When she was found, her hair was wet, and she was mostly naked. She told officers she had been in the water.
She answers, “I don’t know” to most questions, police said. She has claimed to be a mermaid named “Joanna.”
“We did go through records after fingerprinting her and we still did not come up with her identity,” said Hudson.
She is 5-foot-4, weighs 150 pounds and has webbed feet.
“There are some strange things that happen up here,” said neighbor Karon Renwick. “We’re in the mountains.”
Anyone with information on this woman should call (559) 621-2455 or email the missing persons unit Detective Paul Hill at firstname.lastname@example.org.
AUSTIN – A random act of kindness inside an Austin courtroom shocked not only the judge but other workers at the Austin Municipal Court on Monday.
The Austin man, who only wants to be known as Bruce, told KVUE’S Jenni Lee by phone that he was touched by 57-year-old, Carlotta Davis’ discussion with Judge Alfred Jenkins.
Bruce was waiting to see Judge Jenkins to discuss a traffic ticket when he overheard Davis tell Jenkins she couldn’t afford to pay the $790 on her disability. She suffers from a variety of health issues, including kidney disease and Type 2 Diabetes. She said the latter led to her legal blindness.
Bruce paid for her tickets in full.
When Davis discovered what Bruce had done, she was overjoyed.
“I was kind of like, whoa! Oh my God! And I says, ‘oh thank you, Jesus! And I just started praising the Lord,” Davis said.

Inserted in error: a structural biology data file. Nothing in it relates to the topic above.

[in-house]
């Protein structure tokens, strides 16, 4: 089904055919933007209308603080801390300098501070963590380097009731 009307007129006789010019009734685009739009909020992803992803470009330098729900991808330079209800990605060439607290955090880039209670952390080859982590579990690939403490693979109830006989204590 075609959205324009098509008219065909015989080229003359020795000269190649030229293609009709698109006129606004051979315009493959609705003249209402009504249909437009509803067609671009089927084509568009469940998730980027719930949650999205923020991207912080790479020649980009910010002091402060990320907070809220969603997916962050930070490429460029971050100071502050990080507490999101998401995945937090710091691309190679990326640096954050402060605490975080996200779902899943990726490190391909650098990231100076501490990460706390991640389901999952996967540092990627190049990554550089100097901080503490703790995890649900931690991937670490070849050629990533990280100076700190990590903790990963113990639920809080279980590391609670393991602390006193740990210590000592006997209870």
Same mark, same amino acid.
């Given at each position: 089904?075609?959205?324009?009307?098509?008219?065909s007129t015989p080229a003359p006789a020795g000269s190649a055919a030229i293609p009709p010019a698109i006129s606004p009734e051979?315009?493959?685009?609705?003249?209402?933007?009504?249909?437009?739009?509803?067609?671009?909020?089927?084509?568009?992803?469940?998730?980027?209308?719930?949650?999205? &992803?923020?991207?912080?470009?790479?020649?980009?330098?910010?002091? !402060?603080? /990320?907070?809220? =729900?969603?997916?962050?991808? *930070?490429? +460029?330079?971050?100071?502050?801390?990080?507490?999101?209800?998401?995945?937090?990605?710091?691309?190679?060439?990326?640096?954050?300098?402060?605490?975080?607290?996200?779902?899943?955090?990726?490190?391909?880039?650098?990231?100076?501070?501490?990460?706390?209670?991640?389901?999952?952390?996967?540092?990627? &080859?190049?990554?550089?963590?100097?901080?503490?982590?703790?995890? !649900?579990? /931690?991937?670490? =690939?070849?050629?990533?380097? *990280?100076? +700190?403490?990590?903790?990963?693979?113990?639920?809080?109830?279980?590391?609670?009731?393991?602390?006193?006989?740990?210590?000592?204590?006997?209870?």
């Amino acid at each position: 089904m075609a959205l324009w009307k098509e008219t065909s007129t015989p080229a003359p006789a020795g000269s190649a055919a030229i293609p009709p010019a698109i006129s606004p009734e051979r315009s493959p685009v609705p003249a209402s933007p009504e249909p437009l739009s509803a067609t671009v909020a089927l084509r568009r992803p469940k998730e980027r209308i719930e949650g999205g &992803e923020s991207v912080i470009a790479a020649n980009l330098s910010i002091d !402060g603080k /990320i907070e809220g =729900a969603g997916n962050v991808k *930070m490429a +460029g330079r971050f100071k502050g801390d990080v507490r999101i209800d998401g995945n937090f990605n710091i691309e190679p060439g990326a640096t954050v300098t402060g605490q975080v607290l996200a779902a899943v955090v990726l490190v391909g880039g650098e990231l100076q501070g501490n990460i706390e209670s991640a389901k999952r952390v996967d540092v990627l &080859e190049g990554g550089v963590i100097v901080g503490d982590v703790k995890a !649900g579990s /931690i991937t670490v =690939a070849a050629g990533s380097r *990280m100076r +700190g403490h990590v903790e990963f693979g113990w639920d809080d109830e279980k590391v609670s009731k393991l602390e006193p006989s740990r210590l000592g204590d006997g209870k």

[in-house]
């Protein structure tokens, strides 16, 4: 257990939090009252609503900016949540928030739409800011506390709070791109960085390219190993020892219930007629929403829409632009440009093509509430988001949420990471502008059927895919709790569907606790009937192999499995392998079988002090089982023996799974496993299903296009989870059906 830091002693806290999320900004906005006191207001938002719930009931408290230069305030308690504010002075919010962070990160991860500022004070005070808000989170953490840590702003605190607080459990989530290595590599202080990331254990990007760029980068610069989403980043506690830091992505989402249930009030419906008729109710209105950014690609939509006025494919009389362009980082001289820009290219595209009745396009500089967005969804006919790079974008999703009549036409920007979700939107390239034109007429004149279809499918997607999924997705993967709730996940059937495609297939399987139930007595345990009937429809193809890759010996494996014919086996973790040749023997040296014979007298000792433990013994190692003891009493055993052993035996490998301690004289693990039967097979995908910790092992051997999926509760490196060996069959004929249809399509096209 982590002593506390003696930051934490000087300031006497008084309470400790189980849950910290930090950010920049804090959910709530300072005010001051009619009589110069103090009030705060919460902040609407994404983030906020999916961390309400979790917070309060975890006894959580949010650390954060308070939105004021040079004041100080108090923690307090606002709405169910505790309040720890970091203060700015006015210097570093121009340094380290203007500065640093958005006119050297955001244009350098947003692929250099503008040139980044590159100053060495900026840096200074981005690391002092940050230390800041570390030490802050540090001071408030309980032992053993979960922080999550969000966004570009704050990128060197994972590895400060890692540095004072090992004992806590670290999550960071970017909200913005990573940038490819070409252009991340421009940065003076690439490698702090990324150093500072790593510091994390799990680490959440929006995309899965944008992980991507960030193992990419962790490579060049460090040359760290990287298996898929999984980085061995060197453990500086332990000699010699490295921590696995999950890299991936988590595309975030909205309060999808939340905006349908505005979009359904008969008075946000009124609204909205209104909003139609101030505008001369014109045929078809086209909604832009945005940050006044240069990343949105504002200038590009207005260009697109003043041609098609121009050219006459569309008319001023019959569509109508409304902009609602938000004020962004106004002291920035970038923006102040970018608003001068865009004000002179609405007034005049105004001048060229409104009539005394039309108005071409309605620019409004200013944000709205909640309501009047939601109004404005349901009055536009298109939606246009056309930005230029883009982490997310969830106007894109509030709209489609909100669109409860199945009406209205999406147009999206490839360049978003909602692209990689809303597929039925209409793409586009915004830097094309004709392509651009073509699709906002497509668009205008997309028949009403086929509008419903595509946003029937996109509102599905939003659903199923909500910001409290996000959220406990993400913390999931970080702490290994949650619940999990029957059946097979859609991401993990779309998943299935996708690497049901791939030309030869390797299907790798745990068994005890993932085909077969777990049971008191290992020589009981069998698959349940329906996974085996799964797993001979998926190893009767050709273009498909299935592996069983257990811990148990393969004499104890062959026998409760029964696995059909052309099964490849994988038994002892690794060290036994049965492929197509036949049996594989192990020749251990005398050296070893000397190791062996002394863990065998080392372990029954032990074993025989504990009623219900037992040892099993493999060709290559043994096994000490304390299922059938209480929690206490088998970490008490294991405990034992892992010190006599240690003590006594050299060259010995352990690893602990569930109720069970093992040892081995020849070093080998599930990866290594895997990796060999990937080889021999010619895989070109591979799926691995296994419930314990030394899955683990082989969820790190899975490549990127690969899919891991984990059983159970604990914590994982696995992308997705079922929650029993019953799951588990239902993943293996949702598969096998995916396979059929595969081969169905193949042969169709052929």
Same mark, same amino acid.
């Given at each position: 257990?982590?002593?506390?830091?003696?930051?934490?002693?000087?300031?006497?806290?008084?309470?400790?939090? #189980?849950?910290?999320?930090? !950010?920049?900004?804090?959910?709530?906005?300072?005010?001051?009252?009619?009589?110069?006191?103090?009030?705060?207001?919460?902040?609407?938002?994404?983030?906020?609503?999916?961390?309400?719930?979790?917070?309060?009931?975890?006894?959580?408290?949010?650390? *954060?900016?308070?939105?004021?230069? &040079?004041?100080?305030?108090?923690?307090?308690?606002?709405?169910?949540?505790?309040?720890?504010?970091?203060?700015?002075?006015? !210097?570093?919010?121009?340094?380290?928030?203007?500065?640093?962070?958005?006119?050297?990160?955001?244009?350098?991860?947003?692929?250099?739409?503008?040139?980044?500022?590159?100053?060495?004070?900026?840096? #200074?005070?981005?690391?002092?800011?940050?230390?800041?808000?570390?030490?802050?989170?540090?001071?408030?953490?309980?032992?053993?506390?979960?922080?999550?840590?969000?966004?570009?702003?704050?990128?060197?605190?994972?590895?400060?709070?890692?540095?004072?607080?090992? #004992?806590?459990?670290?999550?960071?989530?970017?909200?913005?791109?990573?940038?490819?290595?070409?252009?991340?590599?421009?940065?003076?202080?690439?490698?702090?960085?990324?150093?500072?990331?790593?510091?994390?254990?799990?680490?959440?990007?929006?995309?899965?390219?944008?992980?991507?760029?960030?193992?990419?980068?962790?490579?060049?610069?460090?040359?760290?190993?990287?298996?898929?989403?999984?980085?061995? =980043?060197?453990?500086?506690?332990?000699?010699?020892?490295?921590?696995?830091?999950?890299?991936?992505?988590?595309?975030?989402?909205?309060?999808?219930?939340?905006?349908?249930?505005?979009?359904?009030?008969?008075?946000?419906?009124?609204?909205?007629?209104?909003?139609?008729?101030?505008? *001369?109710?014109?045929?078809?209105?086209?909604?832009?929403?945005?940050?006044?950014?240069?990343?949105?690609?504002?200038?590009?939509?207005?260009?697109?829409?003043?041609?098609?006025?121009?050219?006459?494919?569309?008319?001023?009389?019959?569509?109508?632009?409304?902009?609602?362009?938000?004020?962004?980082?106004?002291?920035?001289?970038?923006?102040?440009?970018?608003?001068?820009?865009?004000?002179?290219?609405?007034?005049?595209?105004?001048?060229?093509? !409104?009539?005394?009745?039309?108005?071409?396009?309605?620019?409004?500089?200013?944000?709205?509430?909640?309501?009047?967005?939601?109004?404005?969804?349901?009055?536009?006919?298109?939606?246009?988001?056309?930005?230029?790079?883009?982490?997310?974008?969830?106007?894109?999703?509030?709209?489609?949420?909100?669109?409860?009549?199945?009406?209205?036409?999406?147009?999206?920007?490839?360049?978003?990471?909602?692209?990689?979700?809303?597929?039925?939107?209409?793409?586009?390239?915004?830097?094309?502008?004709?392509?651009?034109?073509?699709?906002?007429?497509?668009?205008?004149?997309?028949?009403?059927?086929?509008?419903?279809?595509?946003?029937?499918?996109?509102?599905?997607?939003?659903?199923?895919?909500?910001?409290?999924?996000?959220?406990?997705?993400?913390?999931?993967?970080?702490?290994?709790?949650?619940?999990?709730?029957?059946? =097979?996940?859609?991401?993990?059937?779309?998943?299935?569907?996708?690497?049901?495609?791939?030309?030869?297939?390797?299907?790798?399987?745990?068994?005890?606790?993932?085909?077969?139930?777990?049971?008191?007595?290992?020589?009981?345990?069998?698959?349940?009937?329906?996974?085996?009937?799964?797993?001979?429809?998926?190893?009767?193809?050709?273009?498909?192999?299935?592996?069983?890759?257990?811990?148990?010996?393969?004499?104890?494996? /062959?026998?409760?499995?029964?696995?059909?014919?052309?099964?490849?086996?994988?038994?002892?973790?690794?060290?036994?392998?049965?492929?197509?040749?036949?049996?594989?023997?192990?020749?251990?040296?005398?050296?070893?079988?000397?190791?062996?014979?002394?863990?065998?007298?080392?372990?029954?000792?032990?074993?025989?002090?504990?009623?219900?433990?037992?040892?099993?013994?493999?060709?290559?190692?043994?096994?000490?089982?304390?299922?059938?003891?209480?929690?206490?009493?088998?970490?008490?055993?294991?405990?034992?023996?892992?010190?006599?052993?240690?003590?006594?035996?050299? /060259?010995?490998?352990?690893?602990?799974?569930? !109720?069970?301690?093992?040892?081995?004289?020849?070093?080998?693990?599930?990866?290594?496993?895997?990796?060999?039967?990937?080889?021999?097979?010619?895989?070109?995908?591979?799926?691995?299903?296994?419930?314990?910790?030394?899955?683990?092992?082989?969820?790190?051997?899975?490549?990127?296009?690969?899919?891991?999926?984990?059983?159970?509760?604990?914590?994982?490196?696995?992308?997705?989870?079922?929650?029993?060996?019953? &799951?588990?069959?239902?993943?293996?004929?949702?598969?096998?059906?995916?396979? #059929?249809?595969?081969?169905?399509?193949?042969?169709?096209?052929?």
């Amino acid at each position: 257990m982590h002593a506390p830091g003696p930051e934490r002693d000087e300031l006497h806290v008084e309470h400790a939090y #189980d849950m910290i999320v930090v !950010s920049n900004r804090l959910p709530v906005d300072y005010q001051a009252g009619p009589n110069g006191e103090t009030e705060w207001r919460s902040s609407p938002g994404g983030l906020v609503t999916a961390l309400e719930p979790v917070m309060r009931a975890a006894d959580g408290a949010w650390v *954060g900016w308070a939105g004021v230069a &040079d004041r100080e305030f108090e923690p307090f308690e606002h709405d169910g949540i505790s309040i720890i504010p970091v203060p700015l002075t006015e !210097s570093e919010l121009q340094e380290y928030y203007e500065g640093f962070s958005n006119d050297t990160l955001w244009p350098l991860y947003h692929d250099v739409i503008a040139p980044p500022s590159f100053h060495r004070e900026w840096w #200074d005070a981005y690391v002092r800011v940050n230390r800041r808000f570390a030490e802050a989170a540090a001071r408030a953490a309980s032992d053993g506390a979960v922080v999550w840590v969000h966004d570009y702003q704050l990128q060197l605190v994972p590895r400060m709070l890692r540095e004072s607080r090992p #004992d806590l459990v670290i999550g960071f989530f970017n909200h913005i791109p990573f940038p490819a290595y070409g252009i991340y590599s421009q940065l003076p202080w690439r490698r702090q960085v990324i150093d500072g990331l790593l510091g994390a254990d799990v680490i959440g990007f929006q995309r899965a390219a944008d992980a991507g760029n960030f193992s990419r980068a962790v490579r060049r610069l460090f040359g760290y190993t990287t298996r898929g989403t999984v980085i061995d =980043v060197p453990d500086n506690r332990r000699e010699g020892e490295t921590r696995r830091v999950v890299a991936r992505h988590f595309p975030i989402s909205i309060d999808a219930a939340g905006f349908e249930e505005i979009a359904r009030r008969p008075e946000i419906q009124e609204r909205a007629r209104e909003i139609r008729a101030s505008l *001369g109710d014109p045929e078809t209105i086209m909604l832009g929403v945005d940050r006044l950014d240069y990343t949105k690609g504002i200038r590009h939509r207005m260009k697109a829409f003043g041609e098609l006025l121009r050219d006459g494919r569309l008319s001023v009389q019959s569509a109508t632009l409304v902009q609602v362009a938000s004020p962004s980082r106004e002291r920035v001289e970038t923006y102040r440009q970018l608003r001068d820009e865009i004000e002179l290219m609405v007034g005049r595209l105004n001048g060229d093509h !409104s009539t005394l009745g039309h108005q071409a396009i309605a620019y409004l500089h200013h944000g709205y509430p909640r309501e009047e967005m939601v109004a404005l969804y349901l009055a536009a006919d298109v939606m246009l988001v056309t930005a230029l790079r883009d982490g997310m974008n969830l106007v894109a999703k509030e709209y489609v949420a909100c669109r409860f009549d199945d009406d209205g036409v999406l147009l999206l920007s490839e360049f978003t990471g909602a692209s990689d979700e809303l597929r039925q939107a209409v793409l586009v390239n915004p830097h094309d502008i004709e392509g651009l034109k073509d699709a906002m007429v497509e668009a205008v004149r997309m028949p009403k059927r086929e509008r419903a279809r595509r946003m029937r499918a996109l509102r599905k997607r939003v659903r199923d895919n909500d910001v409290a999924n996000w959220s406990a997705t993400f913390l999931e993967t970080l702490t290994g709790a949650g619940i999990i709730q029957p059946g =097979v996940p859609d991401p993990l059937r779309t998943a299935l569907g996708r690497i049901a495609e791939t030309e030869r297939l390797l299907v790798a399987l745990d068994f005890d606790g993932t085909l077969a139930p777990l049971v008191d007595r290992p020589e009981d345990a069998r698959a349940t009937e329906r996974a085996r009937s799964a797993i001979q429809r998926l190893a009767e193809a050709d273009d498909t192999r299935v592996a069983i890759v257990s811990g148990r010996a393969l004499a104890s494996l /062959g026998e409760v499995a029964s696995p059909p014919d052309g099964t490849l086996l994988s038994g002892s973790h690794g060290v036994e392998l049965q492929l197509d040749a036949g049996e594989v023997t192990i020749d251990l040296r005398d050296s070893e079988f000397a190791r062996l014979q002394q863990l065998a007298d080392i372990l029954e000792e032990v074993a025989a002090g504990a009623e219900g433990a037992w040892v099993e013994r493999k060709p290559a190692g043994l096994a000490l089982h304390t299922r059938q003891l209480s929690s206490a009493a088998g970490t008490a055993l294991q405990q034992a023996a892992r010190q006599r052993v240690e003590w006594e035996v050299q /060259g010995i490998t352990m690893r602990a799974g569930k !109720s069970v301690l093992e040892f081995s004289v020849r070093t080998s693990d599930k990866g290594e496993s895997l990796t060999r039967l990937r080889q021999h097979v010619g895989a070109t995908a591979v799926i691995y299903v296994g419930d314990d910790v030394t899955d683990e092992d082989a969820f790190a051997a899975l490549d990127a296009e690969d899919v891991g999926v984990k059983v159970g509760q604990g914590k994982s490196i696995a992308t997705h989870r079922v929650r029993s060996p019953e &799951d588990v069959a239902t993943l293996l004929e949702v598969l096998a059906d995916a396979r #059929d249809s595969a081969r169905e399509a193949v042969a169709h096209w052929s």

Workers at the courthouse couldn’t help but notice Davis’ excitement, like Austin police officer, Johnny Washington.
“And she started hugging everybody and she was going through the lobby,” said Washington.
He said everyone is still talking about what happened inside courtroom one.
Davis said others with tickets were envious.
“She said uh, I wish I had a friend like that to pay my ticket. And I said he’s not my friend. I don’t know him. I don’t know nothing about this white man. I said he just wanted to pay my ticket. And she said she still wished he paid her ticket too. And then I walked back over here to him. And I was so excited. I had grabbed him and kissed him. Before I know it and he just started crying… tears were welling down his face,” Davis explained.
Judge Alfred Jenkins has presided over courtroom one’s bench since 2004. And out of the thousands of cases he has heard, he has never seen generosity to this extent, even inspiring him.
“It makes me want to be a better person,” said Jenkins, “To see this person do a selfless act like this is something that is rare.”